§ 23. Jurisdiction of United States and State Courts. a. The United States district courts shall have jurisdiction of all controversies at law and in equity, as distinguished from proceedings under this Act, between receivers and trustees as such and adverse claimants, concerning the property acquired or claimed by the receivers or trustees, in the same manner and to the same extent as though such proceedings had not been instituted and such controversies had been between the bankrupts and such adverse claimants.
b. Suits by the receiver and the trustee shall be brought or prosecuted only in the courts where the bankrupt might have brought or prosecuted them if proceedings under this Act had not been instituted, unless by consent of the defendant, except as provided in sections 60, 67, and 70 of this Act.
The District Court was justified in assuming that Markson is a resident of New York and thus in concluding that the debtor, a New York corporation, could not have sued him in federal court. Markson has not yet consented to such a suit, and it seems unlikely that he will, see fn. 2. Absent such a consent, federal jurisdiction does not exist unless the suit falls within the provisions of §§ 60, 67 or 70 of the Bankruptcy Act -- applicable in Chapter XI proceedings by virtue of §§ 302, 342 and 352 -- which confer federal jurisdiction over certain plenary actions to recover property. On the other hand a fair reading of § 23 sustains federal jurisdiction in any such case even though this may not precisely square with every letter; despite the disturbing redundancy and contradictions in the statute, which badly needs overhaul,*fn5 it seems fairly plain that Congress intended a trustee to be able to prosecute a plenary suit in federal court if, although only if, one of the enumerated conditions was satisfied. See MacLachlan, Bankruptcy § 219 (1956); 1 Moore, Federal Practice para. 0.60 [8. -6], at 654-656 (2d ed. 1964).
The complaint, lacking any allegation of a debtor-creditor relationship between Markson Bros. and Son-Mark, does not sufficiently charge a preference avoidable under § 60. Section 67, to which the complaint refers, is a rather slender reed since most of the transactions alleged, even if within the definition of fraudulent conveyances, did not occur within a year prior to the filing of the petition, as § 67 requires. A much stronger and, in our view, sufficient basis for jurisdiction can be found in § 70e, which declares that the trustee can avoid any transfer of property that is fraudulent or voidable "under any Federal or State law applicable thereto."
The complaint, when read with appropriate charity, does allege conveyances condemned as fraudulent by §§ 273-276 of the New York Debtor and Creditor Law, and transfers of corporate property violating § 15 of the Stock Corporation Law. If the action were against Son-Mark to set aside the transfer of November 1959, the applicability of § 70e (1) and consequent federal jurisdiction would be too clear for discussion. We see no reason for taking a different view because the action is solely against Markson, who, along with the other stockholders of Markson Bros., was alleged to be the ultimate recipient of the proceeds of the company's assets that were transferred to Son-Mark to pay the purchase price of the stock; as to the initial transfer of $1,350,000 from Markson Bros., Son-Mark is claimed to have been simply a vessel wherein these sums, exchanged for unmarketable subordinated debentures, were mingled with the loan from Heller before the payment to the stockholders. To the extent that Markson has received the benefit of a conveyance allegedly fraudulent against creditors, he is the proper defendant in a suit to avoid the transfer and § 70e is applicable even on the most literal reading. Cf. Lytle v. Andrews, 34 F.2d 252 (8 Cir. 1929); Eisenrod v. Utley, 211 F.2d 678 (9 Cir. 1954).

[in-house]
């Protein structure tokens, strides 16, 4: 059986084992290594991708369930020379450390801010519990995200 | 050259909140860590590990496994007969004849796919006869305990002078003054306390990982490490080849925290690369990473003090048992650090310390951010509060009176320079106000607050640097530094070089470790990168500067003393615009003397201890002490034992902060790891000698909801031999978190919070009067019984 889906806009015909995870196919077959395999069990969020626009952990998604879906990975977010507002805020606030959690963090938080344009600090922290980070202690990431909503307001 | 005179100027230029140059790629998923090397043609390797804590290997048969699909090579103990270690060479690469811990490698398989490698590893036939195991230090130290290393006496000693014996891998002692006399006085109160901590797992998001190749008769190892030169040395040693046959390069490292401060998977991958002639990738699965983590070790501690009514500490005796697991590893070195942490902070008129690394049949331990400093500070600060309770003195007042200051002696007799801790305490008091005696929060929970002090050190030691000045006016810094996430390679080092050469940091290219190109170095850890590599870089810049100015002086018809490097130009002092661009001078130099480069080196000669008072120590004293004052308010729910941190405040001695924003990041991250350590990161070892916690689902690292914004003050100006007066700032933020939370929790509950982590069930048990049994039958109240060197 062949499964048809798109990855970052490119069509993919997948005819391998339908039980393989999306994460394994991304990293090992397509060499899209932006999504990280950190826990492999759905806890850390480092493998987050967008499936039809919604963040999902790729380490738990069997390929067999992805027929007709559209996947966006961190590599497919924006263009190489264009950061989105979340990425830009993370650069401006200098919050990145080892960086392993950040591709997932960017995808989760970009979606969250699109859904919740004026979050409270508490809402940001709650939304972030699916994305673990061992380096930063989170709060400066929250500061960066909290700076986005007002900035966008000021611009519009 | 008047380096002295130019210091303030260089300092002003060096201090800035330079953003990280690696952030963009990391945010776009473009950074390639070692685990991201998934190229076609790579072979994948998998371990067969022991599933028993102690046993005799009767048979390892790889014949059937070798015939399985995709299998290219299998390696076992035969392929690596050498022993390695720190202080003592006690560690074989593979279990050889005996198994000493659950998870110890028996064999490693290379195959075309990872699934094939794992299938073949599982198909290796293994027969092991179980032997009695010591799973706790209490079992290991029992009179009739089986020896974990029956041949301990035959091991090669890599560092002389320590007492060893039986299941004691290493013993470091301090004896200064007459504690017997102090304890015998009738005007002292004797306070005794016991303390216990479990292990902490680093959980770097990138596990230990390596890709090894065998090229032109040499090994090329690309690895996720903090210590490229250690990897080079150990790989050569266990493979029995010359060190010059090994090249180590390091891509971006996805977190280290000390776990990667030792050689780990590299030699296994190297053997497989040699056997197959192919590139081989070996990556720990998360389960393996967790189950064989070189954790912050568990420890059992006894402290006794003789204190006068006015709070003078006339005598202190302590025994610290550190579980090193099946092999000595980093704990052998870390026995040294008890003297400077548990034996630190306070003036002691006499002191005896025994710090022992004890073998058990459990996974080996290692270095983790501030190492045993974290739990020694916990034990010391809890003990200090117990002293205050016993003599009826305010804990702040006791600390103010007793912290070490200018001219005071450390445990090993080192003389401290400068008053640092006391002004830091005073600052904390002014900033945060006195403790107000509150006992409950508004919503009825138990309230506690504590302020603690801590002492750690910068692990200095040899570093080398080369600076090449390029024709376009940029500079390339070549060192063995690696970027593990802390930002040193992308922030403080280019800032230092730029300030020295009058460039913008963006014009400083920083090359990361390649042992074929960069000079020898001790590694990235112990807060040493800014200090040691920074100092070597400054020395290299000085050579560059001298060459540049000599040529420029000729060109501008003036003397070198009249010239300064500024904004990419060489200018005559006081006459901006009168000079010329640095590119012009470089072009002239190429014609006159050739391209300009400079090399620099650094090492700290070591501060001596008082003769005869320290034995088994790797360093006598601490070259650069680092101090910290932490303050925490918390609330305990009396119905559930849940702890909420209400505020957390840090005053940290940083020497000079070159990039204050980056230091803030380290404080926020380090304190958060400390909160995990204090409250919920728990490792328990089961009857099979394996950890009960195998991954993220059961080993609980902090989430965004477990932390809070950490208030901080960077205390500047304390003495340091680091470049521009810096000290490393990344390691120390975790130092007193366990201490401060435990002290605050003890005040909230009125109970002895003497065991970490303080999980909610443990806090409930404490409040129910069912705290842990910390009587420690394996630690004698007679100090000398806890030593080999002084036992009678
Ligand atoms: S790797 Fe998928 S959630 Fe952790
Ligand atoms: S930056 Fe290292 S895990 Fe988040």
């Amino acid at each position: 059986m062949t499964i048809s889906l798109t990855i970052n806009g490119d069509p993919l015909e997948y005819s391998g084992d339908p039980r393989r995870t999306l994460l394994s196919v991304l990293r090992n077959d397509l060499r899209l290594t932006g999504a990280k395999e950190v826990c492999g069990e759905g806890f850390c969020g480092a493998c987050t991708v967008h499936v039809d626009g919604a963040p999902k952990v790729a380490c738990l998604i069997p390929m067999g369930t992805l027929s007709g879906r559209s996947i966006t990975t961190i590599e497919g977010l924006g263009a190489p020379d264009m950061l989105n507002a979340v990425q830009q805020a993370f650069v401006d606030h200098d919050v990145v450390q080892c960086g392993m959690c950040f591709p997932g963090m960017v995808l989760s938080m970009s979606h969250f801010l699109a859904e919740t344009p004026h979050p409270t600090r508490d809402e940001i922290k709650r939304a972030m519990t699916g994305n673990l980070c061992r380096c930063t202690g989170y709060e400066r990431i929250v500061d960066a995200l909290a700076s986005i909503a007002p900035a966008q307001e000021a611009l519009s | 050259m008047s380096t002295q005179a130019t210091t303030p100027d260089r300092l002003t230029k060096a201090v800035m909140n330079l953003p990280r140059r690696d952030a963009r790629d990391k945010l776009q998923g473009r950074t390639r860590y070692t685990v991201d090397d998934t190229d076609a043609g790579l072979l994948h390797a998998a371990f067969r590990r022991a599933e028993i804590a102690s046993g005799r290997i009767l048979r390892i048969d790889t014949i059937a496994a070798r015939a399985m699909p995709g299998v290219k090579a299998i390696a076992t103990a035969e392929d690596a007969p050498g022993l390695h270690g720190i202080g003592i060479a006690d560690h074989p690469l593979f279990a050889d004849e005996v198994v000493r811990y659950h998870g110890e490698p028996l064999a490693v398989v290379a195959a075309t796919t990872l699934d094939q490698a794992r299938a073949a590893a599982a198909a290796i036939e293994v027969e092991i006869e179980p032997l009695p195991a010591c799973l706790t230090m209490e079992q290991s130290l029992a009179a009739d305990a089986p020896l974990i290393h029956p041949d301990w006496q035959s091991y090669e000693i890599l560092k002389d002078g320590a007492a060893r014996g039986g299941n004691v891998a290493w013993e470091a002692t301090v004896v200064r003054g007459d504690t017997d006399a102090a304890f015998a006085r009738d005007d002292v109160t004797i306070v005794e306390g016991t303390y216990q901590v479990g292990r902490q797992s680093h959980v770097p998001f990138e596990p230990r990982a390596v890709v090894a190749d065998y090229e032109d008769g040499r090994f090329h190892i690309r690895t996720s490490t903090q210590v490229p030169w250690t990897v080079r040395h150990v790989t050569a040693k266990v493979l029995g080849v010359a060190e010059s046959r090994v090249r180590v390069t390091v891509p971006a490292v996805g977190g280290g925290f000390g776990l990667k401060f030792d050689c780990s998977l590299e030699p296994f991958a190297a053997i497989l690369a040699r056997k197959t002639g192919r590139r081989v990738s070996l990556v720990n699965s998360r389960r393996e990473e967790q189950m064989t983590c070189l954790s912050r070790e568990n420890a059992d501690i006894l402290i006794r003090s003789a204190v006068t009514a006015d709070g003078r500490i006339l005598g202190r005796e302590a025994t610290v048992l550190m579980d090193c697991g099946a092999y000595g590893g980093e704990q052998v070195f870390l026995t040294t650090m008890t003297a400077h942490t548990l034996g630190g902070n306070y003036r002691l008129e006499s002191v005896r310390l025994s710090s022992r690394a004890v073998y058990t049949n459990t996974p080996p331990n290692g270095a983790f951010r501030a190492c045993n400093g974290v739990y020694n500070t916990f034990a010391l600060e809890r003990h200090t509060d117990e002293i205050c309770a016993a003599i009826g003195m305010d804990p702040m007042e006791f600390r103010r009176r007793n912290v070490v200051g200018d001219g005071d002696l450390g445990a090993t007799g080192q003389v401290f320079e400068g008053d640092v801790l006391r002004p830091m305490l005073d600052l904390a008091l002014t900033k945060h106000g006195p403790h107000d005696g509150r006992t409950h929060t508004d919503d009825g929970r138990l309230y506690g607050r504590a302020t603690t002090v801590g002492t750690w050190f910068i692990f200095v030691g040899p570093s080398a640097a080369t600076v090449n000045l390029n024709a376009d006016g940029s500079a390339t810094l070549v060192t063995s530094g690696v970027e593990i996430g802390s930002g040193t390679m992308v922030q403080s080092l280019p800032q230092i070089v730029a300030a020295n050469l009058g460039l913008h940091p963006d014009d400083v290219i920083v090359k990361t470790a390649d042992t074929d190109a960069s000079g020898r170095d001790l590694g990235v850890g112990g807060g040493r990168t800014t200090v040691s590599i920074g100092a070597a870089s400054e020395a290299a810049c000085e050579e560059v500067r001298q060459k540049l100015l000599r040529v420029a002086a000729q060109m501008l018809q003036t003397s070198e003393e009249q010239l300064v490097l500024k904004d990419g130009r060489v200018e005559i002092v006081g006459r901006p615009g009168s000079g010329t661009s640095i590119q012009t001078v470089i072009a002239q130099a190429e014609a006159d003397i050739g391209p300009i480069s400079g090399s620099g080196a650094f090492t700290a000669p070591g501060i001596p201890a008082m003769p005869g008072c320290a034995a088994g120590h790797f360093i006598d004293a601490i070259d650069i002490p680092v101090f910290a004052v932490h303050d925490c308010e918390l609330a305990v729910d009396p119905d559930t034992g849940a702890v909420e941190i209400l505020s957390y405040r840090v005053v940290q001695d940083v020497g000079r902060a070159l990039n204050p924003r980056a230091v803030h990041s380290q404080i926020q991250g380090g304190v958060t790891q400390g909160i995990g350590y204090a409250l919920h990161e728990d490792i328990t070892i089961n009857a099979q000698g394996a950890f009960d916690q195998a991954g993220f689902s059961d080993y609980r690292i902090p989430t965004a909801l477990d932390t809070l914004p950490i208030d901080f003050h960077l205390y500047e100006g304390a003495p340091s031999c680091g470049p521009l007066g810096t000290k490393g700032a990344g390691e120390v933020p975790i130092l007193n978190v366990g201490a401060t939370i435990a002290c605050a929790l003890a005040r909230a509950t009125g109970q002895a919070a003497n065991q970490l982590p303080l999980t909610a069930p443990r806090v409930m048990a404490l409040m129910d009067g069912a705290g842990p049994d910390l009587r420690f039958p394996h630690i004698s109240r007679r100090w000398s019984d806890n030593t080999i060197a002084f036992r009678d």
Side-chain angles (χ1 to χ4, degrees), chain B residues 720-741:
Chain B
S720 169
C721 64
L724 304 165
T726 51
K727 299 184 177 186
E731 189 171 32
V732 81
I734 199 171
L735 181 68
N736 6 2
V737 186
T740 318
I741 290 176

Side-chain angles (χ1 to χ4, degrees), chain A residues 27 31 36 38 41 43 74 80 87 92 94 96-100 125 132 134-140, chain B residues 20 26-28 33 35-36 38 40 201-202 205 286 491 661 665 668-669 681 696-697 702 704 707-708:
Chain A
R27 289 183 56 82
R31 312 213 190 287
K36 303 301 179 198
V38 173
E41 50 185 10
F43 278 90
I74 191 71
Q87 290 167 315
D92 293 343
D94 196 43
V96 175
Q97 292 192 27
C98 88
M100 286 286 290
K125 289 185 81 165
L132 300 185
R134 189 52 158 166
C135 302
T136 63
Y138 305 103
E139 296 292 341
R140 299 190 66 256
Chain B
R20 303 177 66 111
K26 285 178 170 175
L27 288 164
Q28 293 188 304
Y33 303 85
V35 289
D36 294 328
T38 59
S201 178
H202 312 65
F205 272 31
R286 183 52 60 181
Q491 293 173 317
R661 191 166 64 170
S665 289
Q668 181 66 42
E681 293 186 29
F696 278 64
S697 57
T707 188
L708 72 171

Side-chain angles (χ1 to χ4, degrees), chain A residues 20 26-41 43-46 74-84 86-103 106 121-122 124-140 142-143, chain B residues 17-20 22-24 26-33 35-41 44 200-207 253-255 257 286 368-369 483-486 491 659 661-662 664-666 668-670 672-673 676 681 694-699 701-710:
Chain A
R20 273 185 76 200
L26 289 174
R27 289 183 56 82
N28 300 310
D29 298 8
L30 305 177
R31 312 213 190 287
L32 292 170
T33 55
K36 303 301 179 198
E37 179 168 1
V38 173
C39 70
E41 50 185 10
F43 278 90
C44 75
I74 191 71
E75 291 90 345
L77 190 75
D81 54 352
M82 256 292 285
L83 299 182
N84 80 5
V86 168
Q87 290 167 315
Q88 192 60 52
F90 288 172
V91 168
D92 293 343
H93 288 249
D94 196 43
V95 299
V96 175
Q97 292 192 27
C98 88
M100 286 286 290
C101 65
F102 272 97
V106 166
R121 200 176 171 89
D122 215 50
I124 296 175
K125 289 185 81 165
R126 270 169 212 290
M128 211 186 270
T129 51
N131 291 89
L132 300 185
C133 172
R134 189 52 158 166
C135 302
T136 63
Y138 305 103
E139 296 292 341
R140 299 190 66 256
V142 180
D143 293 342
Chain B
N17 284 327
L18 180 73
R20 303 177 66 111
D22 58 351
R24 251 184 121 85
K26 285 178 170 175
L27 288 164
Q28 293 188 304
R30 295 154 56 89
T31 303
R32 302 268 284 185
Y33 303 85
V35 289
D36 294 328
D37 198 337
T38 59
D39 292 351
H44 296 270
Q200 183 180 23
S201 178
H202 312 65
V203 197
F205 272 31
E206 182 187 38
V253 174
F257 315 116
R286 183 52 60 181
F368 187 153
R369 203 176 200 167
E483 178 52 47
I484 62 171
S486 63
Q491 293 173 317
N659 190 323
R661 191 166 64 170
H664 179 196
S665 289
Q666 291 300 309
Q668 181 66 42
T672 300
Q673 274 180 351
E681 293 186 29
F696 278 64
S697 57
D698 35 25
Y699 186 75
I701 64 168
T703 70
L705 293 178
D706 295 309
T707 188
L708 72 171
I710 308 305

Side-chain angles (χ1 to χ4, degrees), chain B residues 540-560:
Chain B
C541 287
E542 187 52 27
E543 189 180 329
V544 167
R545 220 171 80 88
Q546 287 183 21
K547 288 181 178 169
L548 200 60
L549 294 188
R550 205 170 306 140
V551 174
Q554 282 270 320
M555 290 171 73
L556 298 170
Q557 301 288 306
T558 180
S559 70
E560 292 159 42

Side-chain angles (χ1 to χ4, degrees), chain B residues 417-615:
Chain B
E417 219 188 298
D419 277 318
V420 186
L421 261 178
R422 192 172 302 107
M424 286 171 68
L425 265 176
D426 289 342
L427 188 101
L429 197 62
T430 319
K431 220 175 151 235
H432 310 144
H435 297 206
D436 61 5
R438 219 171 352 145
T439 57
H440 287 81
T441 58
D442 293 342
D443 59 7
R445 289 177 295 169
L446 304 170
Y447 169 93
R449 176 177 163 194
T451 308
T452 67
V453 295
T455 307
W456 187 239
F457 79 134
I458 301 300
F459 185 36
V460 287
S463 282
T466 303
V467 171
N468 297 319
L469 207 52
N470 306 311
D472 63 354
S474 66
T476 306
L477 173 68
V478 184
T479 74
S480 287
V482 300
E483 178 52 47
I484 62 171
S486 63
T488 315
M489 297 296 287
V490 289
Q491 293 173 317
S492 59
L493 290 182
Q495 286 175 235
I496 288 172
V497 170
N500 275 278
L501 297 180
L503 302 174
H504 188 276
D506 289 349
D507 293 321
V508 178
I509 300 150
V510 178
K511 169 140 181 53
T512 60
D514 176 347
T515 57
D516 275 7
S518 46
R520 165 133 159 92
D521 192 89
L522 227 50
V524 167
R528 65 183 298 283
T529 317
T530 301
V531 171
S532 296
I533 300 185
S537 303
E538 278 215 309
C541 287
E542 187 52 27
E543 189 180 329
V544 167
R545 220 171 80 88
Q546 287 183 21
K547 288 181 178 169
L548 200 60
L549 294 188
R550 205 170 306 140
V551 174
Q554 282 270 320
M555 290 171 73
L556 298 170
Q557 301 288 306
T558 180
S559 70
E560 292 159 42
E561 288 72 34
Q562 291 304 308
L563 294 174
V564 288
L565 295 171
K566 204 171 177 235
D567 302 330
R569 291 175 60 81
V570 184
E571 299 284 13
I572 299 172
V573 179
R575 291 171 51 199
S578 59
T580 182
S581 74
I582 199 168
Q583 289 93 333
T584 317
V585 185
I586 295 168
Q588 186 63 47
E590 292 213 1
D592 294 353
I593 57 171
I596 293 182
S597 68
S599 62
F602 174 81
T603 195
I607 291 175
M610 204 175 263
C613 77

The other transactions challenged in the complaint, where Markson's liability is for having caused or consented to a fraudulent transfer, cf. New York General Corporation Law § 60, subd. 2, rather than for having received its fruits, may not fit so neatly under § 70e. Compare Glenn, Fraudulent Conveyances and Preferences §§ 56, 605 (1940). But, assuming arguendo that the claims are not within that section, we see no reason why federal jurisdiction to hear them should not attach under the principle of Hurn v. Oursler, 289 U.S. 238, 53 S. Ct. 586, 77 L. Ed. 1148 (1933), since the alleged fraudulent conveyance of Markson Bros. assets to Son-Mark and thence to Markson and other stockholders was the source from which all else flowed. To be sure, these other transactions may not constitute "different grounds asserted in support of the same cause of action," 289 U.S. at 247, 53 S. Ct. at 590; Strachman v. Palmer, 177 F.2d 427, 12 A.L.R.2d 687 (1 Cir. 1949), and recovery for them may not rest upon facts that are substantially identical, see Musher Foundation, Inc. v. Alba Trading Co., 127 F.2d 9, 10 (2 Cir.), cert. denied, 317 U.S. 641, 63 S. Ct. 33, 87 L. Ed. 517 (1942); Zalkind v. Scheinman, 139 F.2d 895, 900 (2 Cir. 1943), cert. denied, 322 U.S. 738, 64 S. Ct. 1055, 88 L. Ed. 1572 (1944). But the formulation of the standard for recognizing pendent jurisdiction in the Hurn case, prior to Erie R.R. v. Tompkins, 304 U.S. 64, 58 S. Ct. 817, 82 L. Ed. 1188 (1938), was made at a time when federal adjudication of state-created rights offered greater danger of a result incongruent with state law, cf. Maternally Yours, Inc. v. Your Maternity Shop, Inc., 234 F.2d 538, 540 n. 1 (2 Cir. 1956); and the narrow view that would limit pendent jurisdiction to situations within that formulation has not been universally adopted. Compare United Lens Corp. v. Doray Lamp Co., 93 F.2d 969 (7 Cir. 1937); Musher Foundation, Inc. v. Alba Trading Co., supra, 127 F.2d at 11 (Clark, J., dissenting); Manosky v. Bethlehem-Hingham Shipyard, Inc., 177 F.2d 529, 534 (1 Cir. 1949); Errion v. Connell, 236 F.2d 447, 454 (9 Cir. 1956); Wechsler, Federal Jurisdiction and the Revision of the Judicial Code, 13 LAW & Contemp.Prob. 216, 232-233 (1943); ALI, Study of the Division of Jurisdiction between State and Federal Courts, Tent. Draft No. 3, pp. 9, 54-58 (1965); cf. Maternally Yours, Inc. v. Your Maternity Shop, Inc., supra, 234 F.2d at 544. The proper balance between the evils of piecemeal litigation in different courts and undesirable federal handling of state law claims depends upon the nature of the state claim to be adjudicated and its relationship to the cause of action on which federal jurisdiction is based. See Wechsler, supra, at 232. Here the claims which we are assuming not to come within the grant of federal jurisdiction, advanced by a trustee in bankruptcy to gather assets of the estate, are simply the second act of a play in which the claim within federal jurisdiction (state-created but ...